|UK||15 (2016)||99.7 (2016)|
|Sweden||12 (2016)||99.4 (2016)|
|Czech Republic||19 (2013)||–|
|Turkey||18 (2015)||94.3 (2016)|
|Germany||12 (2016)||98.8 (2016)|
|Ukraine||13 (2017)||92.4 (2014)|
|Hungary||11 (2016)||91.4 (2016)|
|Vatican City State||–||–|
|Belarus (Belarus)||19 (2017)||95.7 (2017)|
|Austria||10 (2016)||94.3 (1989)|
In modern times, European education systems have evolved primarily on the basis of educational ideas that are based on the human vision of the Enlightenment and the need for the qualification of the workforce. In addition, the state government has tried everywhere to create loyal citizens through the school’s activities.
Today, all European countries give high priority to the education system on both ideological and economic grounds. In the 1950s and 1960s, public spending on education in both Eastern and Western Europe increased by more than 10% per year, ie. with more than twice the growth in gross domestic product. Many countries extended the period of compulsory education and the number of pupils in Europe’s primary schools increased by 30% over the same period.
School or teaching obligations have been introduced in all European countries, although not fully implemented everywhere. As a rule, it covers an 8-10 year period, in the UK however 11 years.
Developments after World War II. This evolution in European education can be characterized by the words expansion, democratization and quality. The expansion coincided with economic growth in the 1960s, while the demand for democratization was already raised in the years immediately following World War II; Democratization, however, did not really start until a few years later, economic growth created the conditions for it. The link between economic growth, expansion and democratization of education was the subject of much attention by politicians, administrators and researchers throughout Europe in the 1970s. The reforms during that period were therefore mainly structural reforms aimed at creating educational unity and coherence.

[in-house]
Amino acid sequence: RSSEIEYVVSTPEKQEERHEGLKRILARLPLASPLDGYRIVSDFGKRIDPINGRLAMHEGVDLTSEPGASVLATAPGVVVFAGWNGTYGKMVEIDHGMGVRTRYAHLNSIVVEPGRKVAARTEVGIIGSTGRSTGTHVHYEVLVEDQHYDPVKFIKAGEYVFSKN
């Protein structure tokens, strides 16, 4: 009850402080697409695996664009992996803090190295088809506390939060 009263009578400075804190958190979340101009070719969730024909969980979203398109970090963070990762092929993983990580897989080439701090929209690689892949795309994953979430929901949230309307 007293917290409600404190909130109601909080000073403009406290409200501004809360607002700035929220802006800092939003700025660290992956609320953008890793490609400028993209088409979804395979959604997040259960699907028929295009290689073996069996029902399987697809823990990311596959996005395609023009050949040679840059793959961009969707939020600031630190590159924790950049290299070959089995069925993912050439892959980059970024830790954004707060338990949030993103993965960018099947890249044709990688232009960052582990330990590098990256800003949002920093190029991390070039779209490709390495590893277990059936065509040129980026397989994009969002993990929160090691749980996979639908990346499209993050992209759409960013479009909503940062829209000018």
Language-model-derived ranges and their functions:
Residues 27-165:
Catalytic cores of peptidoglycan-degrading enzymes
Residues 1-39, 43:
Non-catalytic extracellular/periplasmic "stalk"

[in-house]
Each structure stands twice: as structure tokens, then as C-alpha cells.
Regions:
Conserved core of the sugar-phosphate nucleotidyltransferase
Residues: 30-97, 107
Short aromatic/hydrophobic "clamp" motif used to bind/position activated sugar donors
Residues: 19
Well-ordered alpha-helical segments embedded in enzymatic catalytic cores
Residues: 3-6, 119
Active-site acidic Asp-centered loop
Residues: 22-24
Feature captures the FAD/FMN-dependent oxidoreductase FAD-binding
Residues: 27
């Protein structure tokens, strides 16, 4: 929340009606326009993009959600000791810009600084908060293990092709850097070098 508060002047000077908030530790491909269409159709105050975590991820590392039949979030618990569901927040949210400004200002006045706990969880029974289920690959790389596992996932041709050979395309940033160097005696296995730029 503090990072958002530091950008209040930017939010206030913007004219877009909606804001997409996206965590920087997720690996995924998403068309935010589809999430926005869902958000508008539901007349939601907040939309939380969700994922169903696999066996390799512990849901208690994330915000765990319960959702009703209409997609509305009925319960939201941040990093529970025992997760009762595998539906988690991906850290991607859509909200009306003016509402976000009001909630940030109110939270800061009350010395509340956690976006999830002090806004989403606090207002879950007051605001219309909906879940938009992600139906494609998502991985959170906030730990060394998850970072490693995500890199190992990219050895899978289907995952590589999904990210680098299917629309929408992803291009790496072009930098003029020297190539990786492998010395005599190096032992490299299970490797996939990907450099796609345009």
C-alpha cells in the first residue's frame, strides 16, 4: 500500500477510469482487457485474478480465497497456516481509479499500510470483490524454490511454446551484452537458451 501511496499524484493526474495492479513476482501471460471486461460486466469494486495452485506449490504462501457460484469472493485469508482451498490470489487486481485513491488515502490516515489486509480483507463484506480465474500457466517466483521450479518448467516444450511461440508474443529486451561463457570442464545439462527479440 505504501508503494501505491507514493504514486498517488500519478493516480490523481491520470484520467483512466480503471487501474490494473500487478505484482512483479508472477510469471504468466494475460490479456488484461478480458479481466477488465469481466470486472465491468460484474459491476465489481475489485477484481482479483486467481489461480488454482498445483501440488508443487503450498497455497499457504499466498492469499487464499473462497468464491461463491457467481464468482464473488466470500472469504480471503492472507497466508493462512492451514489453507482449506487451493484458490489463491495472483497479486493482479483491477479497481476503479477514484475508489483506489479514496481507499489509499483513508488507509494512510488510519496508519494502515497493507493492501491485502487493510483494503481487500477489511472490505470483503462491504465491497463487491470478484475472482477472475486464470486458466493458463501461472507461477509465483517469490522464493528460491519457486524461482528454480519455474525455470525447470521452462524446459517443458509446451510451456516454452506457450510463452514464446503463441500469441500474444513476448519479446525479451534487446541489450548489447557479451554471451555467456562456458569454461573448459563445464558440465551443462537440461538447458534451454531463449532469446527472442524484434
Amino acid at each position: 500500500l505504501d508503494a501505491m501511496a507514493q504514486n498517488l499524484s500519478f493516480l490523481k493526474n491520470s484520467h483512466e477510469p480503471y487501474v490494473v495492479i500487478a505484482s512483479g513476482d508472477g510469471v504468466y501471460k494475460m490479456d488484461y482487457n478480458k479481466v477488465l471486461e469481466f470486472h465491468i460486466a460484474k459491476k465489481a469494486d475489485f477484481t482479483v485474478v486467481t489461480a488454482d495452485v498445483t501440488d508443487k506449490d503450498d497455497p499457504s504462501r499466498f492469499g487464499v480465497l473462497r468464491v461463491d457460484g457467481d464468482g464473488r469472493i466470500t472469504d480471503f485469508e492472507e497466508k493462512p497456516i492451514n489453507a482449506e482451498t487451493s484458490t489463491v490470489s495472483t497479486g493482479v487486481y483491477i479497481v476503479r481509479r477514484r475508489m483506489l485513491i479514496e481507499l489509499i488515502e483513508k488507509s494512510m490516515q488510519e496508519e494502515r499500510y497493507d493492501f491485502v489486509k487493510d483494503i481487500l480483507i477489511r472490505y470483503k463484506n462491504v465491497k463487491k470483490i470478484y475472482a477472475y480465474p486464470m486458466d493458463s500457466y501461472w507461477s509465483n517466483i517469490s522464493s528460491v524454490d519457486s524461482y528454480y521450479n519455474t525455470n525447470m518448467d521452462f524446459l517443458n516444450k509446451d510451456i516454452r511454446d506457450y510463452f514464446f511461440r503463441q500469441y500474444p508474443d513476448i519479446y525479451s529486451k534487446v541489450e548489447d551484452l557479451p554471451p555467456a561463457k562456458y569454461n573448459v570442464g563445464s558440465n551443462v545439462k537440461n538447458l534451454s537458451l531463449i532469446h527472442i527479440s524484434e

With the economic downturn and the consequent sharp rise in unemployment, which began after the oil crisis in the mid-1970s, attention was paid to better utilization of resources, which questioned the structure and content of education systems, and demanded political control and quality control., not least under the influence of the US report A Nation at Risk(1983). The quality requirement, which in Europe was sought to be met through increasing decentralization of education, for example as regards educational institutions’ competing activities, was further reinforced by the fact that, within the same period, Europe increasingly saw itself involved in economic and technological competition with Asia and the US. The reforms during that period were aimed more at the content, norms and values of education than with the structure.
More education for more. The expansion of education has taken place at all stages of the national education systems. The open and compulsory compulsory school has, during the entire period, brought increased pressure on the secondary steps, ie. ca. 11th-18th year. For women, the growth in the search has even been greater than for men, although there is a big difference between the types of education chosen by the students. women and men, especially in vocational education.
In higher education, expansion has resulted in strong growth in the number of universities and other higher education institutions as well as in new types of institutions such as the so-called open universities. At the same time, the demand for change and flexibility in the adult population throughout Europe has increased the interest in adult education, cf. a term such as life-long education, a concept originating in the English education situation in the 1960s.
An important feature of post-war development is the establishment of international cooperation on education under the auspices of UNESCO, the Council of Europe and the OECD. In recent years, however, cooperation within the EU has been of the greatest importance to the member states. Under the Treaty of Rome, this cooperation initially only included vocational training, but it was later expanded to include higher education. From the late 1970s a number of exchange programs such as ERASMUS, COMENIUS, LINGUA were developed and TEMPUS. And with Articles 126 and 127 of the Maastricht Treaty, so far, the most far-reaching legal basis for increased cooperation in education has been provided, though without any form of harmonization.